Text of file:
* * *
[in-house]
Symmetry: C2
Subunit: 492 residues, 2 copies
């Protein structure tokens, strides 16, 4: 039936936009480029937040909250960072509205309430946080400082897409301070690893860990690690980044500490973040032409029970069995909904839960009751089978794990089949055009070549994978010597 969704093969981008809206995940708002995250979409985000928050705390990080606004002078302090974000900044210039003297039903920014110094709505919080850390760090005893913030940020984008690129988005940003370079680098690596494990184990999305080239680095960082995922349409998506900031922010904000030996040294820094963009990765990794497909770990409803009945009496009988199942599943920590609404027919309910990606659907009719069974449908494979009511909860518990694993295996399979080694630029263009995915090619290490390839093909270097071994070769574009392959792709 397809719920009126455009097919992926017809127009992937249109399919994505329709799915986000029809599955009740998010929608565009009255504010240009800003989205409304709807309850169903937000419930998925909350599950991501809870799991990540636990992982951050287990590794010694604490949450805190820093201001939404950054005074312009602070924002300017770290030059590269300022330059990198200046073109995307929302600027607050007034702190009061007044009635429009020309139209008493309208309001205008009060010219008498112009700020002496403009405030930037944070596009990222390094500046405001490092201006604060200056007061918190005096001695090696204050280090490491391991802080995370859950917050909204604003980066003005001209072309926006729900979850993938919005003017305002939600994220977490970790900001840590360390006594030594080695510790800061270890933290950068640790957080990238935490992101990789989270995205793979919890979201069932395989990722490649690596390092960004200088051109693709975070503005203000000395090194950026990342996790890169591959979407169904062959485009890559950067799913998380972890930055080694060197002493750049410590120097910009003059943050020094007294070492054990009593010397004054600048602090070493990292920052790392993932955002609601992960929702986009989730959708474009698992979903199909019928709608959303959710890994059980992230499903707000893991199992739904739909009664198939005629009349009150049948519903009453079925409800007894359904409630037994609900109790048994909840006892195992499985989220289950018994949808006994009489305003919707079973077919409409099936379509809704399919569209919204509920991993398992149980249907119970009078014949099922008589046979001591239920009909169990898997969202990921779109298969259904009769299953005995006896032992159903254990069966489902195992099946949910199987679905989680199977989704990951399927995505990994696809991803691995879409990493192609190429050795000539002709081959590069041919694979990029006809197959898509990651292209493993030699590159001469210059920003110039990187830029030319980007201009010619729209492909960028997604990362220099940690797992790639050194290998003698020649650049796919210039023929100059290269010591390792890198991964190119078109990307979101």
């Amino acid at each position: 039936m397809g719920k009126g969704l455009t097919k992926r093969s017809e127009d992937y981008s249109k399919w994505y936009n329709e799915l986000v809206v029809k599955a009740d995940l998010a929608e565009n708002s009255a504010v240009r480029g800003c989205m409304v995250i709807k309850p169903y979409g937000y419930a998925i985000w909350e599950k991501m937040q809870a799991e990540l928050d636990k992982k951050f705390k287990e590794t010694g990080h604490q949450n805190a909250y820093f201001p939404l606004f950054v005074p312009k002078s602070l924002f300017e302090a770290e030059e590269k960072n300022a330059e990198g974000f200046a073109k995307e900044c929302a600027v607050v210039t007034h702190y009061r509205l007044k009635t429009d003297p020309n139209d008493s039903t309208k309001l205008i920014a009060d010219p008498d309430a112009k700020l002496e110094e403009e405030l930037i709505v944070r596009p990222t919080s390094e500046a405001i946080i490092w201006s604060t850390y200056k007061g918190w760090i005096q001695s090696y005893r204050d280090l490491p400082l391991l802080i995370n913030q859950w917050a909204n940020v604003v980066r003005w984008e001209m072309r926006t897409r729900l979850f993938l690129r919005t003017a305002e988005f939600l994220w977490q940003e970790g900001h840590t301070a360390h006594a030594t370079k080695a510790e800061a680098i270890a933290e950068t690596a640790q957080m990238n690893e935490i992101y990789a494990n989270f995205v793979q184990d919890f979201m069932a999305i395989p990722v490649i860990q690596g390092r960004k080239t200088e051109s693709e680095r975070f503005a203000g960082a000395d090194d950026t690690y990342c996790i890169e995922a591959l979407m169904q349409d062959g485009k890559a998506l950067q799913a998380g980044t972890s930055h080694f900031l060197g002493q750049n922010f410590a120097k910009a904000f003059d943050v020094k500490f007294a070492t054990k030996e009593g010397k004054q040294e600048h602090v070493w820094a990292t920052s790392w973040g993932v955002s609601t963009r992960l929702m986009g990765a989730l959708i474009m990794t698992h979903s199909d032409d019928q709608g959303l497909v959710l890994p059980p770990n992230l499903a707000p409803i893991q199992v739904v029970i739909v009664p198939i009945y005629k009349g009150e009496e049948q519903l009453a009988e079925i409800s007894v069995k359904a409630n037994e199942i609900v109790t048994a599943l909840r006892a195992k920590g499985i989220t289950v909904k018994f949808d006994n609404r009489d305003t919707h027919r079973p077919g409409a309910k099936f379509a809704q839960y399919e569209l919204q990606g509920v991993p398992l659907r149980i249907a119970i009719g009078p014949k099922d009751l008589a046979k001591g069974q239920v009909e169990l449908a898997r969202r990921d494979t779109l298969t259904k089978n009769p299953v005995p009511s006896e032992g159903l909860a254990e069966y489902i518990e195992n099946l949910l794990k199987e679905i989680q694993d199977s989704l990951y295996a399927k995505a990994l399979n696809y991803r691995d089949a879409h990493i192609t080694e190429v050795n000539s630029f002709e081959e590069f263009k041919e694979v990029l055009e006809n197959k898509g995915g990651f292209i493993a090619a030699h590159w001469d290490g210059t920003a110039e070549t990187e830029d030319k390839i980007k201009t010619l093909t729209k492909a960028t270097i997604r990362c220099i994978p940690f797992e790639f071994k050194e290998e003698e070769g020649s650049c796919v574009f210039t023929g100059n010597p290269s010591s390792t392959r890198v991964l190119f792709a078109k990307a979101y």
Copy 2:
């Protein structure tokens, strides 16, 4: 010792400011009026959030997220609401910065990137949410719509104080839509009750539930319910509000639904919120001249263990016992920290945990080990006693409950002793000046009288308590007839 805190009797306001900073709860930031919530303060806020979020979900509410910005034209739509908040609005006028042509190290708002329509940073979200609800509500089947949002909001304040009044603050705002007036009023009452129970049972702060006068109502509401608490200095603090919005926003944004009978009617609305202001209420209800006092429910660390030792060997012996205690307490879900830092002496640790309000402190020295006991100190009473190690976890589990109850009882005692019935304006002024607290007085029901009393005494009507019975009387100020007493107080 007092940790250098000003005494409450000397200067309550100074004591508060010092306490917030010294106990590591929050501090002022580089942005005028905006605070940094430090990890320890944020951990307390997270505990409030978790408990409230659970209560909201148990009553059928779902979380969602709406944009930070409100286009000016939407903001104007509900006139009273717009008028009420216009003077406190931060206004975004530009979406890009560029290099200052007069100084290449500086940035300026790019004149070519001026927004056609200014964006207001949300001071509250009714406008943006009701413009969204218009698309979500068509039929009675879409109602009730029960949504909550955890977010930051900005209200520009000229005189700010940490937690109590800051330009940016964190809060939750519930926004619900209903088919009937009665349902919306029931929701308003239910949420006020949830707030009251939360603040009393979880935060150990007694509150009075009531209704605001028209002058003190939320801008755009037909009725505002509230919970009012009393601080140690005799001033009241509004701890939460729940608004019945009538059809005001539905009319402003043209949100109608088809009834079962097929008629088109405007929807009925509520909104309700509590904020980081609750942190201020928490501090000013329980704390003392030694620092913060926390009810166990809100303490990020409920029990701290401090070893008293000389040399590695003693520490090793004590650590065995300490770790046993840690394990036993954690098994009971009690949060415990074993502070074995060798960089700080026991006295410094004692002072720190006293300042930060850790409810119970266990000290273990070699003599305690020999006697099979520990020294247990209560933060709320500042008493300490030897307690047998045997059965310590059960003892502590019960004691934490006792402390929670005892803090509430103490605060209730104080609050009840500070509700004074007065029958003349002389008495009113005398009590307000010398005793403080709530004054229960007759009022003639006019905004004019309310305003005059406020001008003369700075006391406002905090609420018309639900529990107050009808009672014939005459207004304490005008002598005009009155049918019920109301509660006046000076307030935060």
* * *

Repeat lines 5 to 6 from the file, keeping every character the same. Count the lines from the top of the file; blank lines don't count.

């Amino acid at each position: 039936m397809g719920k009126g969704l455009t097919k992926r093969s017809e127009d992937y981008s249109k399919w994505y936009n329709e799915l986000v809206v029809k599955a009740d995940l998010a929608e565009n708002s009255a504010v240009r480029g800003c989205m409304v995250i709807k309850p169903y979409g937000y419930a998925i985000w909350e599950k991501m937040q809870a799991e990540l928050d636990k992982k951050f705390k287990e590794t010694g990080h604490q949450n805190a909250y820093f201001p939404l606004f950054v005074p312009k002078s602070l924002f300017e302090a770290e030059e590269k960072n300022a330059e990198g974000f200046a073109k995307e900044c929302a600027v607050v210039t007034h702190y009061r509205l007044k009635t429009d003297p020309n139209d008493s039903t309208k309001l205008i920014a009060d010219p008498d309430a112009k700020l002496e110094e403009e405030l930037i709505v944070r596009p990222t919080s390094e500046a405001i946080i490092w201006s604060t850390y200056k007061g918190w760090i005096q001695s090696y005893r204050d280090l490491p400082l391991l802080i995370n913030q859950w917050a909204n940020v604003v980066r003005w984008e001209m072309r926006t897409r729900l979850f993938l690129r919005t003017a305002e988005f939600l994220w977490q940003e970790g900001h840590t301070a360390h006594a030594t370079k080695a510790e800061a680098i270890a933290e950068t690596a640790q957080m990238n690893e935490i992101y990789a494990n989270f995205v793979q184990d919890f979201m069932a999305i395989p990722v490649i860990q690596g390092r960004k080239t200088e051109s693709e680095r975070f503005a203000g960082a000395d090194d950026t690690y990342c996790i890169e995922a591959l979407m169904q349409d062959g485009k890559a998506l950067q799913a998380g980044t972890s930055h080694f900031l060197g002493q750049n922010f410590a120097k910009a904000f003059d943050v020094k500490f007294a070492t054990k030996e009593g010397k004054q040294e600048h602090v070493w820094a990292t920052s790392w973040g993932v955002s609601t963009r992960l929702m986009g990765a989730l959708i474009m990794t698992h979903s199909d032409d019928q709608g959303l497909v959710l890994p059980p770990n992230l499903a707000p409803i893991q199992v739904v029970i739909v009664p198939i009945y005629k009349g009150e009496e049948q519903l009453a009988e079925i409800s007894v069995k359904a409630n037994e199942i609900v109790t048994a599943l909840r006892a195992k920590g499985i989220t289950v909904k018994f949808d006994n609404r009489d305003t919707h027919r079973p077919g409409a309910k099936f379509a809704q839960y399919e569209l919204q990606g509920v991993p398992l659907r149980i249907a119970i009719g009078p014949k099922d009751l008589a046979k001591g069974q239920v009909e169990l449908a898997r969202r990921d494979t779109l298969t259904k089978n009769p299953v005995p009511s006896e032992g159903l909860a254990e069966y489902i518990e195992n099946l949910l794990k199987e679905i989680q694993d199977s989704l990951y295996a399927k995505a990994l399979n696809y991803r691995d089949a879409h990493i192609t080694e190429v050795n000539s630029f002709e081959e590069f263009k041919e694979v990029l055009e006809n197959k898509g995915g990651f292209i493993a090619a030699h590159w001469d290490g210059t920003a110039e070549t990187e830029d030319k390839i980007k201009t010619l093909t729209k492909a960028t270097i997604r990362c220099i994978p940690f797992e790639f071994k050194e290998e003698e070769g020649s650049c796919v574009f210039t023929g100059n010597p290269s010591s390792t392959r890198v991964l190119f792709a078109k990307a979101y």
Copy 2: